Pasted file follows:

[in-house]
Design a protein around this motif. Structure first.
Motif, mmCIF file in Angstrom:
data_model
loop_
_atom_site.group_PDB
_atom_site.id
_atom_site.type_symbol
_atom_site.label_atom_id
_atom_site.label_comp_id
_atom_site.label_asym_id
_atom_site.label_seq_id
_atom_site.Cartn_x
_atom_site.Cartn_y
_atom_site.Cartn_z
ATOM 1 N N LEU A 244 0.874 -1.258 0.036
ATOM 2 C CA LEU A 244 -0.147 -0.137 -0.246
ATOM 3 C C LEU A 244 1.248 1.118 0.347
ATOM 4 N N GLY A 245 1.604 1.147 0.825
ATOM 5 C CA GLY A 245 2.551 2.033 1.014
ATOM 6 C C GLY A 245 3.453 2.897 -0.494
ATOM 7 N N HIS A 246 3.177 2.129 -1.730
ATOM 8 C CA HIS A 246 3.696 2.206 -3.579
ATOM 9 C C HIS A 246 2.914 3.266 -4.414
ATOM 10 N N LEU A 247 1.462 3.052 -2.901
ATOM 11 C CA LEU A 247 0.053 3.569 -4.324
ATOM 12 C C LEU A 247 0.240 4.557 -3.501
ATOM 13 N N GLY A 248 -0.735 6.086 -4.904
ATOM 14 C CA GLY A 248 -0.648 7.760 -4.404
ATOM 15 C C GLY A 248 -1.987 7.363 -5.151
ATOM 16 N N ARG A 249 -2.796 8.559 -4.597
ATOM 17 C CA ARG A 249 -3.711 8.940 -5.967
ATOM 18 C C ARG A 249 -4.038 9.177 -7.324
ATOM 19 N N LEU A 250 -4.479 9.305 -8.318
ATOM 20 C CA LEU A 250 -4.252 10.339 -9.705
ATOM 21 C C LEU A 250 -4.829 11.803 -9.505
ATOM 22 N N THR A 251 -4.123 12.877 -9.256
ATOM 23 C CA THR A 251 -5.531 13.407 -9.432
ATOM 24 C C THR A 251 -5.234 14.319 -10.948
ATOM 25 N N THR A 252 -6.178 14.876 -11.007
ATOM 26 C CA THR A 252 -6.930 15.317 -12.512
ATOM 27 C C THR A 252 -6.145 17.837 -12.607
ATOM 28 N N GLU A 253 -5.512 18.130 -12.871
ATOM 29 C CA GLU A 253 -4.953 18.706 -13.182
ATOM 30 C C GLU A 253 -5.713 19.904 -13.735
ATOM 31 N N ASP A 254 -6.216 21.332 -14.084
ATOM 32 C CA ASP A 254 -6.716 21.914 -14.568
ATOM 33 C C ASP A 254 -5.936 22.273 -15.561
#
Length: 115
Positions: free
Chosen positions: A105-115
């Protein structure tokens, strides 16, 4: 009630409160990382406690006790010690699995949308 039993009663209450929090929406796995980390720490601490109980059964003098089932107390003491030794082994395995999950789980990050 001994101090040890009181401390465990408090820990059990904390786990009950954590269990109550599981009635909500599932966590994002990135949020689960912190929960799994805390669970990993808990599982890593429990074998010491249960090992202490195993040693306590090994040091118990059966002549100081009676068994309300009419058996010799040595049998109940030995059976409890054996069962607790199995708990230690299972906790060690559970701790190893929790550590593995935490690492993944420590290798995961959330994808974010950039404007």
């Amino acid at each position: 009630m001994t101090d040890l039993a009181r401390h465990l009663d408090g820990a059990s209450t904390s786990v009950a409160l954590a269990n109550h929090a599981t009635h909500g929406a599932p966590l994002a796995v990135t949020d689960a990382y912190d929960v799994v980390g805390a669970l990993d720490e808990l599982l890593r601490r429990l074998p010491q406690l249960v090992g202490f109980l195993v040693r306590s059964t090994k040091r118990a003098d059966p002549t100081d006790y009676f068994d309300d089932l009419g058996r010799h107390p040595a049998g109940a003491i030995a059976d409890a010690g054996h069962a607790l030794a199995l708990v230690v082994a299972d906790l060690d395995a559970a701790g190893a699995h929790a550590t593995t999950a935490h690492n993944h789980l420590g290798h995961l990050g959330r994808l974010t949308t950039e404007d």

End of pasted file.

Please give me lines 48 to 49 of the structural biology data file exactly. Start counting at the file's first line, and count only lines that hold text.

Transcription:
ATOM 33 C C ASP A 254 -5.936 22.273 -15.561
#